There's No Place Like Home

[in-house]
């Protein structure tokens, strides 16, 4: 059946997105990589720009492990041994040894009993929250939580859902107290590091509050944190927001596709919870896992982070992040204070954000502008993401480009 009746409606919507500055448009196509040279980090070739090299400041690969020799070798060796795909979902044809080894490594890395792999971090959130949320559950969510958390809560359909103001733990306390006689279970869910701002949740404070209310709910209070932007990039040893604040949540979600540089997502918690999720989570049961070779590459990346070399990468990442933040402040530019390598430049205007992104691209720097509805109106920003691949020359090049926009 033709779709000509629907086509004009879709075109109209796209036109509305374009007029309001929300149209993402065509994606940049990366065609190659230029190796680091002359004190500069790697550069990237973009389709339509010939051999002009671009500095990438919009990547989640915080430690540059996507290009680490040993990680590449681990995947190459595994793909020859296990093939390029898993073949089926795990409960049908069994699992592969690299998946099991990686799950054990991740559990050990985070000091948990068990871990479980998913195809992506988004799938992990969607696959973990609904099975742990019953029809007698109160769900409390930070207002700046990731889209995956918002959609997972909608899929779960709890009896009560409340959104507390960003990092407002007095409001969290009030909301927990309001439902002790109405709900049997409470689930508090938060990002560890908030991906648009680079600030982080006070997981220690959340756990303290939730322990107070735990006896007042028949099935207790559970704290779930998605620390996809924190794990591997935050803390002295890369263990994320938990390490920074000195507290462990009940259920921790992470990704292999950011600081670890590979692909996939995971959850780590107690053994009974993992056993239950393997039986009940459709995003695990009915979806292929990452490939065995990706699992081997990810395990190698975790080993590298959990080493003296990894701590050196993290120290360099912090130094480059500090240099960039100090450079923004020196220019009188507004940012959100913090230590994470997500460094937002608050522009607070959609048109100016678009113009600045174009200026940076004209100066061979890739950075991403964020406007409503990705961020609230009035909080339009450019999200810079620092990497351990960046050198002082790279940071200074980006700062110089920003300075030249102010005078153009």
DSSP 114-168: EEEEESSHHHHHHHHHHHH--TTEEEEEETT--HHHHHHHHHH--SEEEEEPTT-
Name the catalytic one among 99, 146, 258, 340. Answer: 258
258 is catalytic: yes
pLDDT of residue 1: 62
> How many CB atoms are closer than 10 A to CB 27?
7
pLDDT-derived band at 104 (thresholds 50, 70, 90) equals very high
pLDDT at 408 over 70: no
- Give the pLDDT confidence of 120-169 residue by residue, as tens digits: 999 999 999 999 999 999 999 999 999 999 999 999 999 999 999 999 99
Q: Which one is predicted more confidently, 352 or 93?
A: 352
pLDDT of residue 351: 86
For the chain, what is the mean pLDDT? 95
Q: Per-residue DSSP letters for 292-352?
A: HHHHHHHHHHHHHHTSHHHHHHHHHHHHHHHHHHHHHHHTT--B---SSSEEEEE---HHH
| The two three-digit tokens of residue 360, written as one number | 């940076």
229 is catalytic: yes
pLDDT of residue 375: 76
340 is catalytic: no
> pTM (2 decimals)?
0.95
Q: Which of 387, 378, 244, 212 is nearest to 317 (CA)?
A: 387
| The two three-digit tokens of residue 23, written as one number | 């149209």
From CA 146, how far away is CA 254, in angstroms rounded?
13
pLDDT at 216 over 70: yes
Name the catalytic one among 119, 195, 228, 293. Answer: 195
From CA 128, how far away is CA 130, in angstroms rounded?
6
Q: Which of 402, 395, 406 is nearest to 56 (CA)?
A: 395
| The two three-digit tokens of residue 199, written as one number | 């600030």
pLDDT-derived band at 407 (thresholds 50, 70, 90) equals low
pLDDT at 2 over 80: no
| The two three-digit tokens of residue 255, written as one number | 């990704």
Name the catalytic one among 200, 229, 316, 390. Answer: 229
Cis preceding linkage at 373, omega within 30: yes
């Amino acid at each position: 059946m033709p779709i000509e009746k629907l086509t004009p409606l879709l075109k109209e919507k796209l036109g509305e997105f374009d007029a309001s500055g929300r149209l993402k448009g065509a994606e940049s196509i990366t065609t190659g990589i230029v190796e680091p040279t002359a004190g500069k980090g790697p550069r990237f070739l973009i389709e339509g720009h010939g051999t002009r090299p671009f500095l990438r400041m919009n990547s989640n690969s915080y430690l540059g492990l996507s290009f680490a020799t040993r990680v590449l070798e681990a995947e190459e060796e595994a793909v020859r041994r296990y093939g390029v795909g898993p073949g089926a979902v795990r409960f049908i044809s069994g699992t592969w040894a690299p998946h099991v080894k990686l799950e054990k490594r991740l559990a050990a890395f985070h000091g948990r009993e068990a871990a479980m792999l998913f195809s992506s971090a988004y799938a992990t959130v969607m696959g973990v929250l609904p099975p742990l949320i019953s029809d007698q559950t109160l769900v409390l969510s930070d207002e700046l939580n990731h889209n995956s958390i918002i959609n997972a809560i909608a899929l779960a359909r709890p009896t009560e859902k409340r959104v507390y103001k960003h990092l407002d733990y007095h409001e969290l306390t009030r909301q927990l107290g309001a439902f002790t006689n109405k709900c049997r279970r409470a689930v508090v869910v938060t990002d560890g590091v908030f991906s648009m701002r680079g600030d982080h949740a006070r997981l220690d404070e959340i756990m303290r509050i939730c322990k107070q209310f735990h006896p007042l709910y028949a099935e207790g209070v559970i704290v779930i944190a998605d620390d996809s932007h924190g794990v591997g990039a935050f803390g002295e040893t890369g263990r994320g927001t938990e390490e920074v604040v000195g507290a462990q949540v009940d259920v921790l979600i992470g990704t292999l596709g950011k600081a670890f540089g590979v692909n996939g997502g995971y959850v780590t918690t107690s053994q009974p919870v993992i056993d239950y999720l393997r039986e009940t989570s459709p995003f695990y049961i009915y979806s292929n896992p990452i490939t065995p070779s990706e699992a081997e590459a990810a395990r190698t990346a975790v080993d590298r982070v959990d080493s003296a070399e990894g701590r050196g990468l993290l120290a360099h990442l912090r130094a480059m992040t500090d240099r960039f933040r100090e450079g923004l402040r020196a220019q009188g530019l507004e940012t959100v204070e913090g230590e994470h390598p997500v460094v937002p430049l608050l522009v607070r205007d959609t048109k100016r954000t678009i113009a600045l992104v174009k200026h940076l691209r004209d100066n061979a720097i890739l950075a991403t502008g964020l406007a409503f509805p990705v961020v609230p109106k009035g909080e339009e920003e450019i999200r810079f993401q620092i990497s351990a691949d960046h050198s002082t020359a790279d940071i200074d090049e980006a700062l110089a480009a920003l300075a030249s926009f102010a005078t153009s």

There is no better combination of town and course than St. Andrews. One of the most charming towns in the world sharing the landscape with one of the most enjoyable and fascinating golf links makes for the ultimate combination of golf and culture. Ive been fortunate to have this experience with the company of members of the R&A, which includes lunch and a thorough tour of the R&A clubhouse. It is mind blowing to see history on full display and then set out to play the Old Course. Some have admitted that the Old Course is an acquired taste but since my first round in September of 1995 to my most recent in October of 2013 I loved every hole, every step and every moment. A local caddy is a must to navigate it for the first time. You must know your ideal line based on your skill level and that can be uncomfortable unless you have a trusted looper to guide you thru the trip. Teeing off in front of the R&A building is daunting and there are always towns people or tourists walking along the rail that serves as a boundary for the golf course on 1 and 18. You play out of town starting on the 1st and you turn for home from the 12th hole on in with the steeples and chapels growing closer with every step. There are several drivable par 4's and reachable par 5's as long as you are playing the proper tees which is demanded of you from the starter. Don't expect to play it "all the way back" unless you can prove you are an expert. You will notice immediately that a left miss or favoring the left side of most of the fairways allows you to avoid the most trouble and the fairway bunkers with the exception of holes 10-11 and to a lesser degree the road hole 17th. Speaking of which, the tee shot on the road hole is unique and cant be duplicated. You will find yourself with 150 foot putts with the double greens and also using putter from well short of the green because the lies can be very tight but most every hole is not front by any bunkers and few forced carries and you have many creative options around and in front of the greens. This walk is unmatched on earth and you MUST play the Old Course if you love golf. When its over, dip into the Jigger Inn and the Dunvegan to re live the experience with a pint. History on the walls and the best post round haunts in town. If the old course doesn't rival the best experiences you've had in golf Id be shocked. There is no place like the home of golf.